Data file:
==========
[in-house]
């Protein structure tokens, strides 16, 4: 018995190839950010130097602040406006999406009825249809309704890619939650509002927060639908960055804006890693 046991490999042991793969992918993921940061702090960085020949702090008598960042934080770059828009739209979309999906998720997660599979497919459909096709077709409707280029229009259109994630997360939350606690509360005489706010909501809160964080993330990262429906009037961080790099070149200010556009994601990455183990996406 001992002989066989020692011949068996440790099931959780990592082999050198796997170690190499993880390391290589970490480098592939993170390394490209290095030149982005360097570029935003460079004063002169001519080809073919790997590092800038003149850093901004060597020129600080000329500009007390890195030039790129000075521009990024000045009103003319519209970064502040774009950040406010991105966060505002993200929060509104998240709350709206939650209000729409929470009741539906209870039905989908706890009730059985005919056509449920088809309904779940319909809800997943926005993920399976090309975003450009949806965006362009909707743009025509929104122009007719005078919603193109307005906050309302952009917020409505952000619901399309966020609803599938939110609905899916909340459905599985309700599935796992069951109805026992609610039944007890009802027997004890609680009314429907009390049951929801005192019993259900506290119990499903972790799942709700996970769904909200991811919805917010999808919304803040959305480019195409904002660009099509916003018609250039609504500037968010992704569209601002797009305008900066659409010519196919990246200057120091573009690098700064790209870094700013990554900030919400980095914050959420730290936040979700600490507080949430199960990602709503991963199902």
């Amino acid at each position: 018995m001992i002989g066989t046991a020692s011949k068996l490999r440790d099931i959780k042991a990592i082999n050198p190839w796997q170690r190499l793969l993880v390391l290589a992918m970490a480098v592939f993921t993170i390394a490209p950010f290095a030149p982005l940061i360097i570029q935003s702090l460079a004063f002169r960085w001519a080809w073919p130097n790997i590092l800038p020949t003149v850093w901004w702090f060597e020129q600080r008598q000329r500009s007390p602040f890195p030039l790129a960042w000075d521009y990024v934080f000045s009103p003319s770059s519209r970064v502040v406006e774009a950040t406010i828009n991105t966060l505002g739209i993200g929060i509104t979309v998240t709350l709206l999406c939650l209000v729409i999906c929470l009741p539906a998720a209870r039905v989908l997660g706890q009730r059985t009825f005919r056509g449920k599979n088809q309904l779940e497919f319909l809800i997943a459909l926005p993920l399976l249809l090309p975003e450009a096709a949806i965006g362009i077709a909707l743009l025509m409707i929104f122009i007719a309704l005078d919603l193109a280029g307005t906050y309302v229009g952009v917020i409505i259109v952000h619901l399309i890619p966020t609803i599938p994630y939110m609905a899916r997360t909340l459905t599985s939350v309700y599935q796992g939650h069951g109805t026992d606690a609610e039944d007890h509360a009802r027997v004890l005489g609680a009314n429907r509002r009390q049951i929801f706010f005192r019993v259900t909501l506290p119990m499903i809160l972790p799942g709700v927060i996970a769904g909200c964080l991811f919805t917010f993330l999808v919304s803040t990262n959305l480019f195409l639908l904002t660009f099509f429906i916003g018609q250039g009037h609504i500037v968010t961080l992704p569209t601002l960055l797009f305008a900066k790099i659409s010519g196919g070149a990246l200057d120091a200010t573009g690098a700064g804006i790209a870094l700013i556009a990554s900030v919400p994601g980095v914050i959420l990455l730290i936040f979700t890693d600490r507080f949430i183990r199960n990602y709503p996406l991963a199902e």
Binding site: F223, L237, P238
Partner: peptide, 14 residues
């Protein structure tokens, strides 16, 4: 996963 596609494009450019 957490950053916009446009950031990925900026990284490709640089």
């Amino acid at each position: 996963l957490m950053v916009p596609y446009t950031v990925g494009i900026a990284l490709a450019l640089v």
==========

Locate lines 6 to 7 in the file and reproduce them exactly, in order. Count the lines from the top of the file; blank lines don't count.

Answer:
């Protein structure tokens, strides 16, 4: 996963 596609494009450019 957490950053916009446009950031990925900026990284490709640089």
């Amino acid at each position: 996963l957490m950053v916009p596609y446009t950031v990925g494009i900026a990284l490709a450019l640089v």